Monthly Archives: July 2010

Palestine and the Kosovo Precedent

I mentioned several situations yesterday in my post on the ICJ decision regarding Kosovo that could be affected by the decision. The implications for Palestine are even more intriguing. John Whitbeck describes some of them at:  http://www.counterpunch.org/whitbeck07232010.html

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Kosovo and the International Court

The ruling by the International Court of Justice that Kosovo’s declaration of independence did not violate international law (see Dan Bilefsky’s article in the New York Times today) will be used by the Kosovo government to argue that it entitles … Continue reading

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Shultz PBS Series: Ethics Questions?

OK, the producers interviewed me for this series and have included a few cameo snippets of that interview, so I guess some may feel I have a “conflict of interest” in evaluating it. However, I didn’t choose the excerpts, didn’t edit the film, … Continue reading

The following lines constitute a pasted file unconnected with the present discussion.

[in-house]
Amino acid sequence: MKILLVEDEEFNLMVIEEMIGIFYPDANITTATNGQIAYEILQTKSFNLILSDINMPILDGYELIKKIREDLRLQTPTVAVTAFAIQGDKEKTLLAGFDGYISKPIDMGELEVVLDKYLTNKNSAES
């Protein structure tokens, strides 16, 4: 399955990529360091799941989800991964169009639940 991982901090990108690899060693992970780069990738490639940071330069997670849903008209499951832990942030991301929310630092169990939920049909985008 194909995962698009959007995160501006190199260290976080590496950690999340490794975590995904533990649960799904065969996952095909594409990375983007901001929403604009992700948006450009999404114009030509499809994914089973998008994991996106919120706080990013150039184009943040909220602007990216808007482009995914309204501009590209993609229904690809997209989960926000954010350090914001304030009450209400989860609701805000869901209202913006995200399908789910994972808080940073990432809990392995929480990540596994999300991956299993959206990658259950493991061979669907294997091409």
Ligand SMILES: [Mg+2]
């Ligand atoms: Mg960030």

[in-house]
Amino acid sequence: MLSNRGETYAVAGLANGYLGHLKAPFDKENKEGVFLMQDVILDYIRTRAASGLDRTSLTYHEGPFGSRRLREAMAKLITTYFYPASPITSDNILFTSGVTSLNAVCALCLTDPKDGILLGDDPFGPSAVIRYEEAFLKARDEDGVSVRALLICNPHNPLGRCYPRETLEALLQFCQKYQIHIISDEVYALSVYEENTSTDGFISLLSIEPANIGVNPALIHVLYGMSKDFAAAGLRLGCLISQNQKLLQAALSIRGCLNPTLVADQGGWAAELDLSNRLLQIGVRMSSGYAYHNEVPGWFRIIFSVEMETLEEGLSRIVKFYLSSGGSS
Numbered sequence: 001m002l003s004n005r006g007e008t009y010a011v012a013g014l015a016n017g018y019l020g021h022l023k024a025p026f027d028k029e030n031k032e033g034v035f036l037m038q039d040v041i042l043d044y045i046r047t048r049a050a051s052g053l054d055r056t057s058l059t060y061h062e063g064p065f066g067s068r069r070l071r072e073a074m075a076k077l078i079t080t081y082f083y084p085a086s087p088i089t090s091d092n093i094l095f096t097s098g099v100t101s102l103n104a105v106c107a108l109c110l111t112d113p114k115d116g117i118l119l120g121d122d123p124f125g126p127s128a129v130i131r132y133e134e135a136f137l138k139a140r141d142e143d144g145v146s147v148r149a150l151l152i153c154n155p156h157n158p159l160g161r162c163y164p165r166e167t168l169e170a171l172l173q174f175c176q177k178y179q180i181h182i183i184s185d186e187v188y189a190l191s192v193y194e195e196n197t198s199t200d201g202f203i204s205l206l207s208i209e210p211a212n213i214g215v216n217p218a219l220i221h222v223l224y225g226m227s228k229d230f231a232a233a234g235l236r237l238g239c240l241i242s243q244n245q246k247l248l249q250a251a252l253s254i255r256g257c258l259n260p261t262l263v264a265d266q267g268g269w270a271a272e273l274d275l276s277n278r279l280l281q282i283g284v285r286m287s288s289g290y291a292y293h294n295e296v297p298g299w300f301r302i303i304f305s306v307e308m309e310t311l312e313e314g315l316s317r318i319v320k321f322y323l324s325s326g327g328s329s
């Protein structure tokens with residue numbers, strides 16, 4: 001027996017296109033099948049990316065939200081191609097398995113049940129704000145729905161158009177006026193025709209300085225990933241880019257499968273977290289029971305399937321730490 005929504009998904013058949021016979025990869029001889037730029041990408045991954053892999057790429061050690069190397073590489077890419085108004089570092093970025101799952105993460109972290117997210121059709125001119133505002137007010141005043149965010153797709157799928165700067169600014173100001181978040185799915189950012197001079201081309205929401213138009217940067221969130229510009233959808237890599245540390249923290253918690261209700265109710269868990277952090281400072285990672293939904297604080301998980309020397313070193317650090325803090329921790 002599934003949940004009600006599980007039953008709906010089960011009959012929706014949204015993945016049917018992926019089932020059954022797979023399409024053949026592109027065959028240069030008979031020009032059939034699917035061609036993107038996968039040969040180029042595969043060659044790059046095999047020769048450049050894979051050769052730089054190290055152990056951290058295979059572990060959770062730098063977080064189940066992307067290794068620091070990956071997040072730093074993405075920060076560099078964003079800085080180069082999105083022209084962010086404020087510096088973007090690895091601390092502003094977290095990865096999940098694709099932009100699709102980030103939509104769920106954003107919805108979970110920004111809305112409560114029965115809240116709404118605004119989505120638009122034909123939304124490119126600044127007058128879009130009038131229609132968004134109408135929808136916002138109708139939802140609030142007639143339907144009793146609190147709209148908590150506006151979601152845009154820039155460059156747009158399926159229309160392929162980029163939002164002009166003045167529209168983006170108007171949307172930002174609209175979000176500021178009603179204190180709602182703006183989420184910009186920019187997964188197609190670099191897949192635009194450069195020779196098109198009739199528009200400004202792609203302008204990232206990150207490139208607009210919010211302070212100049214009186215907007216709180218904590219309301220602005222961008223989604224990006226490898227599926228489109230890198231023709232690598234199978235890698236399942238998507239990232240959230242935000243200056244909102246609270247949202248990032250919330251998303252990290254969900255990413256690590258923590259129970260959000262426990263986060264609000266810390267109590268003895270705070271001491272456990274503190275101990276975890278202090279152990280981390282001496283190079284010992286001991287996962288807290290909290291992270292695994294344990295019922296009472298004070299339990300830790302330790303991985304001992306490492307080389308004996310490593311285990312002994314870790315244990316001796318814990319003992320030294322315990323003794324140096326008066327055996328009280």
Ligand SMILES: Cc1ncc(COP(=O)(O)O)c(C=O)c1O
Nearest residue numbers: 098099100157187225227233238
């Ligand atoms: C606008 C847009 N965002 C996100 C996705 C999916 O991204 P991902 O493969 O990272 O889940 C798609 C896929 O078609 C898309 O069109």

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Shirley Sherrod – A Teaching Moment?

I don’t spend much time watching television, but yesterday when I was on the treadmill at the gym, I tuned into CNN, listening through earphones. What I saw was excerpts from Mrs. Sherrod’s talk to the NAACP, and her interview with … Continue reading

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Nina Khrushcheva: The Spy Who Came in by Amtrak

Nina Khrushcheva knew one of the Russian spies. Here is her hilarious account on ForeignPolicy.com: The Spy Who Came in by Amtrak

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Obama and the Gulf Oil Spill

I have been amazed at the way much of the public—and, it would seem, even more of the media—has treated the oil spill caused by the BP drilling platform in the Gulf of Mexico as a problem for the federal … Continue reading

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The Spy Swap

Second, perhaps, only to sex, spies seem to stimulate the emotions, at least in the United States. And so it was when reports of the arrest of ten—and then eleven, and then twelve—Russian undercover agents in the United States moved … Continue reading

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